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How far is 3D NAND flash memory? How will it develop in the future?

  • January 18, 2021
  • 1477

The demand for higher density NAND flash memory continues to grow throughout the global storage market. At present, this demand has been met through many developments, not only the functions of today's flash memory controllers, but also the 3DNAND architecture in particular, which has been the center of storage discussion and development in the past decade.

As the Industrial Internet of Things (IIoT), smart factories, self-driving cars, and other data-intensive applications continue to receive attention, the requirements for data storage in these demanding applications have become increasingly challenging. Although there are still price advantages compared with traditional HDD, the development of 3D architecture expands flash storage to a wider market because of its higher scalability and affordability.

3D technology: floating gate and charge trap technology

Since the introduction of the 2D flat landscape of SLC flash in the 1980s, flash drives have been using floating gate technology. 3D technology pushes things to three dimensions, and brings new challenges, and returning to programming techniques such as charge traps, vendors have begun to reconsider enterprise-level solid state drives. Although most 3D manufacturers have now turned to charge trap technology to achieve better durability and scalability, planar technology still mainly uses floating gate technology to store data.

Some people believe that NAND flash memory based on charge trap technology is not susceptible to physical damage and leakage. This directly affects the error rate and the remaining program/erase (P/E) cycles on the drive. However, especially at higher temperatures, charge traps also face their own challenges in data preservation. This is a very important issue in the automotive field, because the quality requirement standard is that it can withstand high temperatures.

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Regardless of the charge trap technology or the floating gate technology, the data sent from any particular host system to the NAND flash memory needs to be managed by the flash memory controller. This is why highly reliable controllers are an integral part of high-performance systems. 3D architecture provides a way to achieve high-density flash memory, but storage applications based on this technology are now increasingly demanding higher levels of reliability and data preservation, which can only be achieved through high-end controllers. Ultimately, choosing a flash memory controller is the key to greater durability and longevity.

Why choose 3D technology: the economics of expansion

The economics of silicon manufacturing are based on the fact that the cost of processing wafers is fixed under a certain technological scale. Since smaller processes require different equipment, there are differences in processing costs. However, the cost of each silicon chip almost entirely depends on its size. In the end, the more devices that can be installed on the wafer, the lower the cost per chip. The economics of storage are mainly about reducing cost per bit. For storage devices, this means storing more bits on a chip of a certain size.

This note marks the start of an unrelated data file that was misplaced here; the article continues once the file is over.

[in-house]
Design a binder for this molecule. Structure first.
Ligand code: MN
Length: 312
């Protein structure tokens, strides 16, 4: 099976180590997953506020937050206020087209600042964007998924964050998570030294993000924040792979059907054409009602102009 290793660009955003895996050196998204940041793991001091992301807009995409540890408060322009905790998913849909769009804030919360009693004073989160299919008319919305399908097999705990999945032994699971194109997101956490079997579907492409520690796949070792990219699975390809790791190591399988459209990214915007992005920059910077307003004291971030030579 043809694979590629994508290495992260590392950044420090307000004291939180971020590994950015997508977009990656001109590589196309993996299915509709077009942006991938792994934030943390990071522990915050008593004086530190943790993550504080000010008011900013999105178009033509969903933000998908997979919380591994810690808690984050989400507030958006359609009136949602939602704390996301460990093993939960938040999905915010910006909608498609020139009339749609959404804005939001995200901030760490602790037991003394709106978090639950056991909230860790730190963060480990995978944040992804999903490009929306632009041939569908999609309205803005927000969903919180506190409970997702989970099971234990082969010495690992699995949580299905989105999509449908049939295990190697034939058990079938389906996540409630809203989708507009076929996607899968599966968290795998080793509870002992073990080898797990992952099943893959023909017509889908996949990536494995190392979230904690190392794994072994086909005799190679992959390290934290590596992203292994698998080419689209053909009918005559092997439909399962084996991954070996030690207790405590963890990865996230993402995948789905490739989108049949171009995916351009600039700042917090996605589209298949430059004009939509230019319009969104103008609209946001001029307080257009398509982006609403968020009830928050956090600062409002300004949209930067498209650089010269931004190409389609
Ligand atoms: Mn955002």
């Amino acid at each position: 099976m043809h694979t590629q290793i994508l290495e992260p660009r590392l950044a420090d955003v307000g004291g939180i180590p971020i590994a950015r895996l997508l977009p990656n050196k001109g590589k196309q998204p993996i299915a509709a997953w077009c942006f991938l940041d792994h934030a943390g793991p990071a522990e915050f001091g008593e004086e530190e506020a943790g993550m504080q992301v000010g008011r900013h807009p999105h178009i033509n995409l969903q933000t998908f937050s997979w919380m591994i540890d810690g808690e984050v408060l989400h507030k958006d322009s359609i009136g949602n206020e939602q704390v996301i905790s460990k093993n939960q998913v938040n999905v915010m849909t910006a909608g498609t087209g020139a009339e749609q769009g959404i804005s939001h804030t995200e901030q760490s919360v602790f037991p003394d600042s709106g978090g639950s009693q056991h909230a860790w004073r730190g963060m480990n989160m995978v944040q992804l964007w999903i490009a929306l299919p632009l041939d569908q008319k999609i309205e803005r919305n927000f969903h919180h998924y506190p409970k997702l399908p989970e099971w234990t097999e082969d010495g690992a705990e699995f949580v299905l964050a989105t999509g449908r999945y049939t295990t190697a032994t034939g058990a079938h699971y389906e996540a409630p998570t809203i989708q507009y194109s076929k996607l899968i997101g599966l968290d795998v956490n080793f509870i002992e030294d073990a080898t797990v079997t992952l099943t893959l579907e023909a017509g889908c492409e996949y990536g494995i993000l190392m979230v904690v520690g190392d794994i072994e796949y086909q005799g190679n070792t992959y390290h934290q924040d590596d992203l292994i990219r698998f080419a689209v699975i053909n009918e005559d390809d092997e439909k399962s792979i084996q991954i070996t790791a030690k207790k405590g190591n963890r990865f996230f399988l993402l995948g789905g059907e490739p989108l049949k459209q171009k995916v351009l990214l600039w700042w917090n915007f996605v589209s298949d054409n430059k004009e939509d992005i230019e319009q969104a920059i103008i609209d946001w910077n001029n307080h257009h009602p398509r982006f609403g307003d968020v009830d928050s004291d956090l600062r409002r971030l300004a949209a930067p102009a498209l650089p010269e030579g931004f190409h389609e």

The obvious solution is to make the storage unit smaller. Flash memory has evolved from 120nm manufacturing to 14 or 15nm used today. This expansion increases the capacity by a factor of approximately 100 (thus reducing the cost per bit). However, our semiconductor manufacturing process is about to reach the limit of expansion.

Another method is to store more data bits in each memory cell. The original single-level cell becomes a multi-level cell (MLC), which stores four different levels of charge in each cell, which is equivalent to two data bits. Since then, flash memory has been designed to store three bits (three-level cell, TLC) and four bits (four-level cell, QLC) in each cell. There are some problems with this method: it requires more precise control and measurement of the stored charge, which makes reading and writing speeds a little slower and more prone to errors. However, the increase in density and the corresponding reduction in cost per bit make it quite cost-effective in some applications.

In order to meet the demand for increased storage density, flash memory manufacturers have now entered the three-dimensional field. In the 3D architecture, multi-layer memory cells are built in silicon to create a three-dimensional structure. This can provide more storage space for the same surface area. The 3D architecture is fabricated by building cell layers vertically in silicon. This requires a more complex process, but it can greatly increase the storage density and avoid the problems associated with smaller feature sizes.

It is important to realize that more complex processes are offset by the increase in storage density. For example, even if the process doubles the cost of the chip and increases the storage density by 10 or 100 times, it can significantly reduce the cost per bit.

How will it develop in the future

The current 3D architecture uses up to 176 layers. Although there does not seem to be any strict physical limit on the number of layers at present, to exceed this range, different development methods may need to be combined to stack 3D molds on top of each other. A recent article discussed how industry leaders plan to stack two 128 layers in the wafer process to achieve 256 layers.

The development of 3D architecture over the past decade has made large-capacity flash drives easier to implement globally. Although performance, longevity, and the ability to make higher-density cells (TLC, QLC) more reliable, benefit from this technology, it also comes with complex and expensive manufacturing processes.

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